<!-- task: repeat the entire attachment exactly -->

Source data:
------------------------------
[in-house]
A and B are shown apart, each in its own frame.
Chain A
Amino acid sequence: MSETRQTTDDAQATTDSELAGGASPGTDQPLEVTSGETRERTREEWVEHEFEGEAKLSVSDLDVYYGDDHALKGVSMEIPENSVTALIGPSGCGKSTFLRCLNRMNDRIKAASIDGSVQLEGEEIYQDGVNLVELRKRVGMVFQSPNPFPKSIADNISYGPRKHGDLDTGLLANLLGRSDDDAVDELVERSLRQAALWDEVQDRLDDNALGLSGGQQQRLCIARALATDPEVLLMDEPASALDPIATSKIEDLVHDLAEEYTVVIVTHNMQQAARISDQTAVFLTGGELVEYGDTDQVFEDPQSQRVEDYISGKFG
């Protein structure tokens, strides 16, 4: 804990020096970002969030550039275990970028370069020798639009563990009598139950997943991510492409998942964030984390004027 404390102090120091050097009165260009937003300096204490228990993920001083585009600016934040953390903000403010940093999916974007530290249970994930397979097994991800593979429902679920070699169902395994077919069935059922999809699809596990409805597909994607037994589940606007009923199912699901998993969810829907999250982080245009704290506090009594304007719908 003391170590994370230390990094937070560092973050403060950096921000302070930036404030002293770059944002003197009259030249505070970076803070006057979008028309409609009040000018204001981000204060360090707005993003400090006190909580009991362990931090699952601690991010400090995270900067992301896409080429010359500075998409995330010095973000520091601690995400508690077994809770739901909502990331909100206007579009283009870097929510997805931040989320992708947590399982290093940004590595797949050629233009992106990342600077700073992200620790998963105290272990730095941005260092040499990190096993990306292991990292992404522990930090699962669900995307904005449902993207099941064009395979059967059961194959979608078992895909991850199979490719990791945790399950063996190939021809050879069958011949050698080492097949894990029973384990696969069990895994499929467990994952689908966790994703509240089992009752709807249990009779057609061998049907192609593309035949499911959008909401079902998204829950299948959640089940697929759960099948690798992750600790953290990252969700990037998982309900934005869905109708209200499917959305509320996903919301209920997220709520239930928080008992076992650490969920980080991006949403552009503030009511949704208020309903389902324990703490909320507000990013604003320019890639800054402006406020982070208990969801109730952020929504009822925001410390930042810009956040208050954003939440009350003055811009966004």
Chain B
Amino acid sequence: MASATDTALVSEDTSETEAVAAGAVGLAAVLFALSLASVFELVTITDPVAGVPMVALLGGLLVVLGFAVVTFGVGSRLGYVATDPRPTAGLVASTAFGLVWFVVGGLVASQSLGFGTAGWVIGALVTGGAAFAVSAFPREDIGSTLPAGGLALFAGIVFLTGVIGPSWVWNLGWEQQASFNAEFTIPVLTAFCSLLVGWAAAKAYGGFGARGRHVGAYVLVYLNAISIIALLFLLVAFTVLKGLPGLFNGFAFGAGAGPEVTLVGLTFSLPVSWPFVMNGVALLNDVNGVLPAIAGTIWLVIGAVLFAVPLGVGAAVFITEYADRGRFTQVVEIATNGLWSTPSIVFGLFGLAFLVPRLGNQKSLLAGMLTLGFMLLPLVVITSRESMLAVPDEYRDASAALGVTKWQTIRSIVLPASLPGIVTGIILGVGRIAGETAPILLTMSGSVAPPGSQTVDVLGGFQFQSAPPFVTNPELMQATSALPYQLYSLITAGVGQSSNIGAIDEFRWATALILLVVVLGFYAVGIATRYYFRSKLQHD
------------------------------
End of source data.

[in-house]
A and B are shown apart, each in its own frame.
Chain A
Amino acid sequence: MSETRQTTDDAQATTDSELAGGASPGTDQPLEVTSGETRERTREEWVEHEFEGEAKLSVSDLDVYYGDDHALKGVSMEIPENSVTALIGPSGCGKSTFLRCLNRMNDRIKAASIDGSVQLEGEEIYQDGVNLVELRKRVGMVFQSPNPFPKSIADNISYGPRKHGDLDTGLLANLLGRSDDDAVDELVERSLRQAALWDEVQDRLDDNALGLSGGQQQRLCIARALATDPEVLLMDEPASALDPIATSKIEDLVHDLAEEYTVVIVTHNMQQAARISDQTAVFLTGGELVEYGDTDQVFEDPQSQRVEDYISGKFG
């Protein structure tokens, strides 16, 4: 804990020096970002969030550039275990970028370069020798639009563990009598139950997943991510492409998942964030984390004027 404390102090120091050097009165260009937003300096204490228990993920001083585009600016934040953390903000403010940093999916974007530290249970994930397979097994991800593979429902679920070699169902395994077919069935059922999809699809596990409805597909994607037994589940606007009923199912699901998993969810829907999250982080245009704290506090009594304007719908 003391170590994370230390990094937070560092973050403060950096921000302070930036404030002293770059944002003197009259030249505070970076803070006057979008028309409609009040000018204001981000204060360090707005993003400090006190909580009991362990931090699952601690991010400090995270900067992301896409080429010359500075998409995330010095973000520091601690995400508690077994809770739901909502990331909100206007579009283009870097929510997805931040989320992708947590399982290093940004590595797949050629233009992106990342600077700073992200620790998963105290272990730095941005260092040499990190096993990306292991990292992404522990930090699962669900995307904005449902993207099941064009395979059967059961194959979608078992895909991850199979490719990791945790399950063996190939021809050879069958011949050698080492097949894990029973384990696969069990895994499929467990994952689908966790994703509240089992009752709807249990009779057609061998049907192609593309035949499911959008909401079902998204829950299948959640089940697929759960099948690798992750600790953290990252969700990037998982309900934005869905109708209200499917959305509320996903919301209920997220709520239930928080008992076992650490969920980080991006949403552009503030009511949704208020309903389902324990703490909320507000990013604003320019890639800054402006406020982070208990969801109730952020929504009822925001410390930042810009956040208050954003939440009350003055811009966004």
Chain B
Amino acid sequence: MASATDTALVSEDTSETEAVAAGAVGLAAVLFALSLASVFELVTITDPVAGVPMVALLGGLLVVLGFAVVTFGVGSRLGYVATDPRPTAGLVASTAFGLVWFVVGGLVASQSLGFGTAGWVIGALVTGGAAFAVSAFPREDIGSTLPAGGLALFAGIVFLTGVIGPSWVWNLGWEQQASFNAEFTIPVLTAFCSLLVGWAAAKAYGGFGARGRHVGAYVLVYLNAISIIALLFLLVAFTVLKGLPGLFNGFAFGAGAGPEVTLVGLTFSLPVSWPFVMNGVALLNDVNGVLPAIAGTIWLVIGAVLFAVPLGVGAAVFITEYADRGRFTQVVEIATNGLWSTPSIVFGLFGLAFLVPRLGNQKSLLAGMLTLGFMLLPLVVITSRESMLAVPDEYRDASAALGVTKWQTIRSIVLPASLPGIVTGIILGVGRIAGETAPILLTMSGSVAPPGSQTVDVLGGFQFQSAPPFVTNPELMQATSALPYQLYSLITAGVGQSSNIGAIDEFRWATALILLVVVLGFYAVGIATRYYFRSKLQHD